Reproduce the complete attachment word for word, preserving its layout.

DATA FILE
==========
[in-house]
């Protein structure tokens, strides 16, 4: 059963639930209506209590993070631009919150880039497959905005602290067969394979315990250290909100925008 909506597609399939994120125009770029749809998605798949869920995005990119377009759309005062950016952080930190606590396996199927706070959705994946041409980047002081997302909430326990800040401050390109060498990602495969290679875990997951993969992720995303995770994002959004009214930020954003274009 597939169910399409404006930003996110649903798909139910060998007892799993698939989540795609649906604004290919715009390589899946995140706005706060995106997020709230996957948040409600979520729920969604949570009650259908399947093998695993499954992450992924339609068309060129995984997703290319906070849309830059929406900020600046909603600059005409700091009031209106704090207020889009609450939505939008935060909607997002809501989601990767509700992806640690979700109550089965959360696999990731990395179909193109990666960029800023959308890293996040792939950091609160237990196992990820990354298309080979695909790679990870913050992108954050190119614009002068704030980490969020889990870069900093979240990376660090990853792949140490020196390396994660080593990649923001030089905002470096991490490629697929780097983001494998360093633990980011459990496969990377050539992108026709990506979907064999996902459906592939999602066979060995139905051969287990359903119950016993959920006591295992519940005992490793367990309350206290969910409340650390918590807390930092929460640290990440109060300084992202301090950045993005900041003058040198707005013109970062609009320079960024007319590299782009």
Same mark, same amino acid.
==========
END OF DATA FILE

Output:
[in-house]
């Protein structure tokens, strides 16, 4: 059963639930209506209590993070631009919150880039497959905005602290067969394979315990250290909100925008 909506597609399939994120125009770029749809998605798949869920995005990119377009759309005062950016952080930190606590396996199927706070959705994946041409980047002081997302909430326990800040401050390109060498990602495969290679875990997951993969992720995303995770994002959004009214930020954003274009 597939169910399409404006930003996110649903798909139910060998007892799993698939989540795609649906604004290919715009390589899946995140706005706060995106997020709230996957948040409600979520729920969604949570009650259908399947093998695993499954992450992924339609068309060129995984997703290319906070849309830059929406900020600046909603600059005409700091009031209106704090207020889009609450939505939008935060909607997002809501989601990767509700992806640690979700109550089965959360696999990731990395179909193109990666960029800023959308890293996040792939950091609160237990196992990820990354298309080979695909790679990870913050992108954050190119614009002068704030980490969020889990870069900093979240990376660090990853792949140490020196390396994660080593990649923001030089905002470096991490490629697929780097983001494998360093633990980011459990496969990377050539992108026709990506979907064999996902459906592939999602066979060995139905051969287990359903119950016993959920006591295992519940005992490793367990309350206290969910409340650390918590807390930092929460640290990440109060300084992202301090950045993005900041003058040198707005013109970062609009320079960024007319590299782009």
Same mark, same amino acid.